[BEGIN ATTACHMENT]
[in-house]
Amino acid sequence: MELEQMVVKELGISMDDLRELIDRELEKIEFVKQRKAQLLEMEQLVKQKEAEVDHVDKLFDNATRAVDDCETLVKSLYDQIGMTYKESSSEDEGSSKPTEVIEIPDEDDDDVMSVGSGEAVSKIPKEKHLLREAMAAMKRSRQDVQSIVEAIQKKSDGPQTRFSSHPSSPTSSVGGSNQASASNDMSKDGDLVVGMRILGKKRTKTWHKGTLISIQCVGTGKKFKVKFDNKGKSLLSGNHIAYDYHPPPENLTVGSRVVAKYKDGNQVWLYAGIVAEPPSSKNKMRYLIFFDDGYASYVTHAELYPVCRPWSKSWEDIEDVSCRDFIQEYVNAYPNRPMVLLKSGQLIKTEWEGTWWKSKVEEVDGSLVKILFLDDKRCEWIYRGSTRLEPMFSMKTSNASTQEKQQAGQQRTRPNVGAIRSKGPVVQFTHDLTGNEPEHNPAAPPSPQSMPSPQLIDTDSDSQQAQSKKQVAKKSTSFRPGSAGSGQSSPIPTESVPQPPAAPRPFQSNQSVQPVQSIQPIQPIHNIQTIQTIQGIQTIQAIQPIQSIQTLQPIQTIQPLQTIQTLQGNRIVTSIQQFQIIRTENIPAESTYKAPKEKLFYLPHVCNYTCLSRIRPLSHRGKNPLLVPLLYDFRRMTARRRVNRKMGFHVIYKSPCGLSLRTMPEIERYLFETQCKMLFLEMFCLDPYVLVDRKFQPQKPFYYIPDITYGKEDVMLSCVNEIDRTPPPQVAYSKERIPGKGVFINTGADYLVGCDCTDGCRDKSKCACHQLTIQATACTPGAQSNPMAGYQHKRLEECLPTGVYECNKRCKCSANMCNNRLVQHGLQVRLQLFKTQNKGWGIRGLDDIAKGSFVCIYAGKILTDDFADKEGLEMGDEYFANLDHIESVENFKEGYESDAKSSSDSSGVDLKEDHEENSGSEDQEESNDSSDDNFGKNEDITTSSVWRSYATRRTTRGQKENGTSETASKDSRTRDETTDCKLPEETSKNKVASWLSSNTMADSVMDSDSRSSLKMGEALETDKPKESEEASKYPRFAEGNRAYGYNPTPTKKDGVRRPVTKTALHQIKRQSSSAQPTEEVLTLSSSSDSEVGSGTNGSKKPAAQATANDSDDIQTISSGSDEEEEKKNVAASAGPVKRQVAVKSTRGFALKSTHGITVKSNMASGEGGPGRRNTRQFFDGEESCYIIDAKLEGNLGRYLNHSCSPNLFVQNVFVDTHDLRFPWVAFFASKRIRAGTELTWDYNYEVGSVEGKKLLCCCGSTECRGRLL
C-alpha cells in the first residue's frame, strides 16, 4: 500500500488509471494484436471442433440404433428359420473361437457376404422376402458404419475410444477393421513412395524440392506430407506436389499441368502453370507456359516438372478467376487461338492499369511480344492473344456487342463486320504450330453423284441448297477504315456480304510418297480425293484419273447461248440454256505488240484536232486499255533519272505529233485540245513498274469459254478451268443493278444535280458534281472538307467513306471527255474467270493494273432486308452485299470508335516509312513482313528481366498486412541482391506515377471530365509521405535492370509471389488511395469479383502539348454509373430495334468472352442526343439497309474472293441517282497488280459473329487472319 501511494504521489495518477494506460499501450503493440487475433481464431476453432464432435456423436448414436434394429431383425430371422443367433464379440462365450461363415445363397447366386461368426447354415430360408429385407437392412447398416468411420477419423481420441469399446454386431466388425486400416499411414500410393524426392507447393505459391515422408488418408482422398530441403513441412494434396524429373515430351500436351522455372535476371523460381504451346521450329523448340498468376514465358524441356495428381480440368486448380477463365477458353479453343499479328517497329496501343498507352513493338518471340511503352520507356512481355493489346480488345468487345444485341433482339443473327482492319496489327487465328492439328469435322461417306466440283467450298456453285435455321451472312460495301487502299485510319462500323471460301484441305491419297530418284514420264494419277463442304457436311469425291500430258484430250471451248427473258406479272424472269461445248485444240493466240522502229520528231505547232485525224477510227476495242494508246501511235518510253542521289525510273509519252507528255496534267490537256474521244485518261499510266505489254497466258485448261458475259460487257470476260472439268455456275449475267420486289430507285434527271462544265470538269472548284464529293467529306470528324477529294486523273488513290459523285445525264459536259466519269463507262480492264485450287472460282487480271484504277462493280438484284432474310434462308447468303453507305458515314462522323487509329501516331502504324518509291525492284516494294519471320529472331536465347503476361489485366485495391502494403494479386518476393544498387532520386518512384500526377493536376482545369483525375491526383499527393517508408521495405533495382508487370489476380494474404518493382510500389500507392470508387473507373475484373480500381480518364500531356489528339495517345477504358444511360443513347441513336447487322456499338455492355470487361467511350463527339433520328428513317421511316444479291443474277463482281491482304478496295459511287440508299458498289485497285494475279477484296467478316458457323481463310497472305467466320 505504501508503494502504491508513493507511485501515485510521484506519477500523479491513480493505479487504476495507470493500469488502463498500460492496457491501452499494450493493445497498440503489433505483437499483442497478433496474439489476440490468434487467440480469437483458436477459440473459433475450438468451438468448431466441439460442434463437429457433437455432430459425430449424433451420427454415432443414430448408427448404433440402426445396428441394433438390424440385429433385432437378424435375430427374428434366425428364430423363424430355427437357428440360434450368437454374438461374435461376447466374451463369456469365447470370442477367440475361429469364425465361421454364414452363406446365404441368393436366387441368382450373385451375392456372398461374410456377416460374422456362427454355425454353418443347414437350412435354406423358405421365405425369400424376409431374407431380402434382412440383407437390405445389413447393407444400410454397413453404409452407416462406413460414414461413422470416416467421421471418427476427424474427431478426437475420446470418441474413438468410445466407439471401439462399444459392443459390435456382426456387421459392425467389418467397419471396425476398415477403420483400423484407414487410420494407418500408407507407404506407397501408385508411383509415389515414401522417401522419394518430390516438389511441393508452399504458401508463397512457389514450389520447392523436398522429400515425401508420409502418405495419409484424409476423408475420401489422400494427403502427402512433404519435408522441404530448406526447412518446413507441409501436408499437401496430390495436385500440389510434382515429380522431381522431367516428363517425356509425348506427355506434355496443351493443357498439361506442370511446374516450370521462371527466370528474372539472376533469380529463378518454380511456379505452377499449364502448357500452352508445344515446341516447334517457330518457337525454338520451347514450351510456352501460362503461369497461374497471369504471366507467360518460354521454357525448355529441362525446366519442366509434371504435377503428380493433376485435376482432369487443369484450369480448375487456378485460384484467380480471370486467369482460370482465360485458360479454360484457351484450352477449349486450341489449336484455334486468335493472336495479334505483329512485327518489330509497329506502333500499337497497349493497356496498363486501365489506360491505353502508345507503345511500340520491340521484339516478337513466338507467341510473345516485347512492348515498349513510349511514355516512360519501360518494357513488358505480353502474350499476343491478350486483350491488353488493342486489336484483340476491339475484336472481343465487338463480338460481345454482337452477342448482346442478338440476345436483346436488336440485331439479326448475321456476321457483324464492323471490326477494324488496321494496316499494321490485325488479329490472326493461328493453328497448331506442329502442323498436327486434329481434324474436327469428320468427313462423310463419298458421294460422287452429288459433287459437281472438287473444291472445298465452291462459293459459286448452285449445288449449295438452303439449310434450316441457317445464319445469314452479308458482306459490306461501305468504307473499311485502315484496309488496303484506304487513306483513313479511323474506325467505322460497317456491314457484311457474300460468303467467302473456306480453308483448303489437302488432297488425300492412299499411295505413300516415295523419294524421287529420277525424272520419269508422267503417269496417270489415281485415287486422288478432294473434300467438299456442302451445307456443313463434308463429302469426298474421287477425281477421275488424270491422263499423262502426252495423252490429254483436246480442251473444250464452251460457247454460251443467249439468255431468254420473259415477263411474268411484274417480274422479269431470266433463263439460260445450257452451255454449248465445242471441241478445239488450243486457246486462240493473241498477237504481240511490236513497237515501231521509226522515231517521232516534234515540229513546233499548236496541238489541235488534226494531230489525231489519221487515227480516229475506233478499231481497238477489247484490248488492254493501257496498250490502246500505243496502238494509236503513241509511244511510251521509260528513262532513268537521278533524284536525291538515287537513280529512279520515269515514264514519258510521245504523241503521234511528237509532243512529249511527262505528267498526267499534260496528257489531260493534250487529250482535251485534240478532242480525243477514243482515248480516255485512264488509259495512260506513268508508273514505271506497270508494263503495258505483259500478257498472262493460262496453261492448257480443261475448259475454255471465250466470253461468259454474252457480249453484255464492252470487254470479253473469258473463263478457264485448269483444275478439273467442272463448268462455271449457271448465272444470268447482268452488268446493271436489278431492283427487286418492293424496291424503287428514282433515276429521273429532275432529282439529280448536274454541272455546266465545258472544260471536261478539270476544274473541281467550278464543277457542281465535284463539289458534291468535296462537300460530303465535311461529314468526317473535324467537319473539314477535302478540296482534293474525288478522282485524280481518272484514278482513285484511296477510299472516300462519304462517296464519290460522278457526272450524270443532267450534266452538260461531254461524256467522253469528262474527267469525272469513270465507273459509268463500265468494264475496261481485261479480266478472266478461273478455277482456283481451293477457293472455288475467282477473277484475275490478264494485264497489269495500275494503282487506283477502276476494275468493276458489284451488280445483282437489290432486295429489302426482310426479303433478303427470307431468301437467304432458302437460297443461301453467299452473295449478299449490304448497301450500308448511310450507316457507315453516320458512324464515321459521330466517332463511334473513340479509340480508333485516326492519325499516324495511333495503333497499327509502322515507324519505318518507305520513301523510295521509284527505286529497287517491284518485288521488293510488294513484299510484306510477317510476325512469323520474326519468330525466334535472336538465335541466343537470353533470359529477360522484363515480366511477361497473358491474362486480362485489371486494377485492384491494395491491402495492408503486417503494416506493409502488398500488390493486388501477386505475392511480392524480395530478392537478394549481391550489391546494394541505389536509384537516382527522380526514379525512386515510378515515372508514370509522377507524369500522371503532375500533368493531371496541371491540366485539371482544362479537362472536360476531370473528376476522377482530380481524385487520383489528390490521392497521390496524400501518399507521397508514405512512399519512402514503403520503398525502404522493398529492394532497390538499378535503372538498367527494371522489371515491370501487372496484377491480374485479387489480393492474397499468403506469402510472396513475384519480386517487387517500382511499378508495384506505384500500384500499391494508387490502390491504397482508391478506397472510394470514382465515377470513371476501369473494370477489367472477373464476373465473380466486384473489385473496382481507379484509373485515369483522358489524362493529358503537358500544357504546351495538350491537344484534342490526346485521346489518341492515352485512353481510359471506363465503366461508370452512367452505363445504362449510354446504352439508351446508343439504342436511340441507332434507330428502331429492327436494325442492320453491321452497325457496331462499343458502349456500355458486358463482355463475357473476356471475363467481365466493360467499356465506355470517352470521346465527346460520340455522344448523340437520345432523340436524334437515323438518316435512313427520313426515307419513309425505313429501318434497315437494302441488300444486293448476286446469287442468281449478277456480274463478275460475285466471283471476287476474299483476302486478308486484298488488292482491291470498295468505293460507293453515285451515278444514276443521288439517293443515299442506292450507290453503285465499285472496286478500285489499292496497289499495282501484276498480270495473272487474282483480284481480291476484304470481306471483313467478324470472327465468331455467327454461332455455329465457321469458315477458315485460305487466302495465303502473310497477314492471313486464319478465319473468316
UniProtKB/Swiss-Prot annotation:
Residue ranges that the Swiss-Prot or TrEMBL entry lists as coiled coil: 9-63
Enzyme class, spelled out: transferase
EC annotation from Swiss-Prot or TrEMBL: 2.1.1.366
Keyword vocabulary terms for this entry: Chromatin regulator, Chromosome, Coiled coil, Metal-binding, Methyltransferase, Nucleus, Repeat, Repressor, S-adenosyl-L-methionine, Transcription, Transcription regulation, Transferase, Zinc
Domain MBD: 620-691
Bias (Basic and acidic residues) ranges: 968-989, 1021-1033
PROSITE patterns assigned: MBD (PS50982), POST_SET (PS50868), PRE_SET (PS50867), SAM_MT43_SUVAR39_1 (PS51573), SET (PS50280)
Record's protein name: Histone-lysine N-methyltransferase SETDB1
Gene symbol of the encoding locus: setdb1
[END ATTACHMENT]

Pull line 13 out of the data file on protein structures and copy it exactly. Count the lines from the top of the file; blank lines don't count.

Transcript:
Gene symbol of the encoding locus: setdb1